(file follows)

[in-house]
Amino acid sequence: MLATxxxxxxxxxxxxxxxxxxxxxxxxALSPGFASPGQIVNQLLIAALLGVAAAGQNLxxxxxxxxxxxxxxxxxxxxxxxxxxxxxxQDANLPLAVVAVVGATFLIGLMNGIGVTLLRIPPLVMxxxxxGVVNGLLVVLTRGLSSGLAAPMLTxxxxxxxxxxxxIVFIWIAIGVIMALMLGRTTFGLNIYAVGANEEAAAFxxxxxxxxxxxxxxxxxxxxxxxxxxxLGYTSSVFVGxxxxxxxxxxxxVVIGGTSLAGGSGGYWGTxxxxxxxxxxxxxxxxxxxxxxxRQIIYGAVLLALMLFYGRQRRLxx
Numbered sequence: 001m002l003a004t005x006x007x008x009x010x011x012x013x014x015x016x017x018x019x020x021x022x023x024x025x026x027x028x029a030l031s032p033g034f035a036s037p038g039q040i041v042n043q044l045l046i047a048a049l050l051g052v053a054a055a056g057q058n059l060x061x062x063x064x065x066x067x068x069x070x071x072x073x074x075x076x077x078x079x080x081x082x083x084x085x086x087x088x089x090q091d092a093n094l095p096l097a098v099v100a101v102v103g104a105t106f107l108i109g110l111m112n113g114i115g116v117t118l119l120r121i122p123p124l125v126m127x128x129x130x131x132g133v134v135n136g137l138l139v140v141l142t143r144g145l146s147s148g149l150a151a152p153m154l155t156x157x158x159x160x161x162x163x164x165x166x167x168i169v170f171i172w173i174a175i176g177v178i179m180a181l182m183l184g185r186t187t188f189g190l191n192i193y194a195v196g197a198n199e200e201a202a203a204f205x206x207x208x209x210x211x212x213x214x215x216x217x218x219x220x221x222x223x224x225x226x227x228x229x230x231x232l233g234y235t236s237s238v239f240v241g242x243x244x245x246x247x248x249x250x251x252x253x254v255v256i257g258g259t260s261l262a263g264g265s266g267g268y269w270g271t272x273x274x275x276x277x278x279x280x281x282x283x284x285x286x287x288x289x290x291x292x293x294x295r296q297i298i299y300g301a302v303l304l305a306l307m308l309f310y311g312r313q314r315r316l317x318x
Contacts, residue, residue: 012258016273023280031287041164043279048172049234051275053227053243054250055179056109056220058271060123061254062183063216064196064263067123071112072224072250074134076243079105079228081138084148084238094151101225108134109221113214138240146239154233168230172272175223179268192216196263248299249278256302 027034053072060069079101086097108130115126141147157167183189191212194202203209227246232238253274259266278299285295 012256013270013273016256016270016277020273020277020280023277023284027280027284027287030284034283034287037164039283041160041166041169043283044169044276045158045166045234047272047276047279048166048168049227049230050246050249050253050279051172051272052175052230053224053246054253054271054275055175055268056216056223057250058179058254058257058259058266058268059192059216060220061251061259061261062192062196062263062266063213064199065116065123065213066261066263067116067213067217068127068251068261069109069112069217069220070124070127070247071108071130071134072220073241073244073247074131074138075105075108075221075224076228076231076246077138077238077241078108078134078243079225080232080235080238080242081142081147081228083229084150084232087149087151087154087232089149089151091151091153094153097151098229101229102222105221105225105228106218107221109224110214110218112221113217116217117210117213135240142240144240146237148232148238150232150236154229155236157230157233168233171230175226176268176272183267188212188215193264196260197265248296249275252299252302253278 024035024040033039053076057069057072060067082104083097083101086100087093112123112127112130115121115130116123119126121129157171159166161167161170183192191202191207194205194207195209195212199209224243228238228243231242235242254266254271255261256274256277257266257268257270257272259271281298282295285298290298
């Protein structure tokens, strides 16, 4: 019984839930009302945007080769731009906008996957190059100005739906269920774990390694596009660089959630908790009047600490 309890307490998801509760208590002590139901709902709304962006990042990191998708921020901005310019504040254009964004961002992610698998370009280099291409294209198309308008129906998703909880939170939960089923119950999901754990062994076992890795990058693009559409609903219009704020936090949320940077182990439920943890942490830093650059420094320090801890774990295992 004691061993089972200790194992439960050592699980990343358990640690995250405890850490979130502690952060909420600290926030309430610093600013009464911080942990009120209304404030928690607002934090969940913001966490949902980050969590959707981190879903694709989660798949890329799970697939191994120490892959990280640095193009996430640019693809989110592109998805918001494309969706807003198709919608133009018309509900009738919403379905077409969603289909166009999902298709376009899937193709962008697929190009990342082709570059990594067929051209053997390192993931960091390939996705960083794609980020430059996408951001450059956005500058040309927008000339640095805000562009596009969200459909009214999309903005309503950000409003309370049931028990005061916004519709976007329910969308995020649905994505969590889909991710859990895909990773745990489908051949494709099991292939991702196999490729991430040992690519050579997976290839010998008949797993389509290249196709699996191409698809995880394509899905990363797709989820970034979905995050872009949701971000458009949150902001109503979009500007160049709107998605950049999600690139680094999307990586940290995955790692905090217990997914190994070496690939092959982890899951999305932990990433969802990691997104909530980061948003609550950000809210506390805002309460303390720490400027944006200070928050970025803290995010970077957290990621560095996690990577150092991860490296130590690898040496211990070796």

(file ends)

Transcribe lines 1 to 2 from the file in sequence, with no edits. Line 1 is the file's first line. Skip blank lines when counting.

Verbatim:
[in-house]
Amino acid sequence: MLATxxxxxxxxxxxxxxxxxxxxxxxxALSPGFASPGQIVNQLLIAALLGVAAAGQNLxxxxxxxxxxxxxxxxxxxxxxxxxxxxxxQDANLPLAVVAVVGATFLIGLMNGIGVTLLRIPPLVMxxxxxGVVNGLLVVLTRGLSSGLAAPMLTxxxxxxxxxxxxIVFIWIAIGVIMALMLGRTTFGLNIYAVGANEEAAAFxxxxxxxxxxxxxxxxxxxxxxxxxxxLGYTSSVFVGxxxxxxxxxxxxVVIGGTSLAGGSGGYWGTxxxxxxxxxxxxxxxxxxxxxxxRQIIYGAVLLALMLFYGRQRRLxx